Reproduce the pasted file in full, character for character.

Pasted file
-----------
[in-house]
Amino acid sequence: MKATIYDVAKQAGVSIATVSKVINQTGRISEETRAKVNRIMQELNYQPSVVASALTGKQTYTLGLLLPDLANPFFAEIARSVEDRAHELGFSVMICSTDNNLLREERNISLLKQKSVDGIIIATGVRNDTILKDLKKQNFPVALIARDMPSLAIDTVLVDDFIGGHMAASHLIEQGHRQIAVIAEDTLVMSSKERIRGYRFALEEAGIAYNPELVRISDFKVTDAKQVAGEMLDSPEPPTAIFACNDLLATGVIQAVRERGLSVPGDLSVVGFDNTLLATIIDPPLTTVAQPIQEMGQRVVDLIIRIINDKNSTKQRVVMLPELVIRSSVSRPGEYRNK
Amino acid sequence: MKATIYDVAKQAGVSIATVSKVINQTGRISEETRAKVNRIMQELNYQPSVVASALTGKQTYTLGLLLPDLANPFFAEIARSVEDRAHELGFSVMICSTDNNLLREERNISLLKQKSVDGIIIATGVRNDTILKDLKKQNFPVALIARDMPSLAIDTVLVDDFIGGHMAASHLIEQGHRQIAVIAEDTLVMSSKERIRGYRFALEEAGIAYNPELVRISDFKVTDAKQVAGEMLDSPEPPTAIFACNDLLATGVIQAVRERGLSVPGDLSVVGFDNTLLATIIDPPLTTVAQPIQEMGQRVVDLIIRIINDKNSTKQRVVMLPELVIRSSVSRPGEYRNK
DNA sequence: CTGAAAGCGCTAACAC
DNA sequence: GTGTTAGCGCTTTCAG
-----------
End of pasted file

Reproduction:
[in-house]
Amino acid sequence: MKATIYDVAKQAGVSIATVSKVINQTGRISEETRAKVNRIMQELNYQPSVVASALTGKQTYTLGLLLPDLANPFFAEIARSVEDRAHELGFSVMICSTDNNLLREERNISLLKQKSVDGIIIATGVRNDTILKDLKKQNFPVALIARDMPSLAIDTVLVDDFIGGHMAASHLIEQGHRQIAVIAEDTLVMSSKERIRGYRFALEEAGIAYNPELVRISDFKVTDAKQVAGEMLDSPEPPTAIFACNDLLATGVIQAVRERGLSVPGDLSVVGFDNTLLATIIDPPLTTVAQPIQEMGQRVVDLIIRIINDKNSTKQRVVMLPELVIRSSVSRPGEYRNK
Amino acid sequence: MKATIYDVAKQAGVSIATVSKVINQTGRISEETRAKVNRIMQELNYQPSVVASALTGKQTYTLGLLLPDLANPFFAEIARSVEDRAHELGFSVMICSTDNNLLREERNISLLKQKSVDGIIIATGVRNDTILKDLKKQNFPVALIARDMPSLAIDTVLVDDFIGGHMAASHLIEQGHRQIAVIAEDTLVMSSKERIRGYRFALEEAGIAYNPELVRISDFKVTDAKQVAGEMLDSPEPPTAIFACNDLLATGVIQAVRERGLSVPGDLSVVGFDNTLLATIIDPPLTTVAQPIQEMGQRVVDLIIRIINDKNSTKQRVVMLPELVIRSSVSRPGEYRNK
DNA sequence: CTGAAAGCGCTAACAC
DNA sequence: GTGTTAGCGCTTTCAG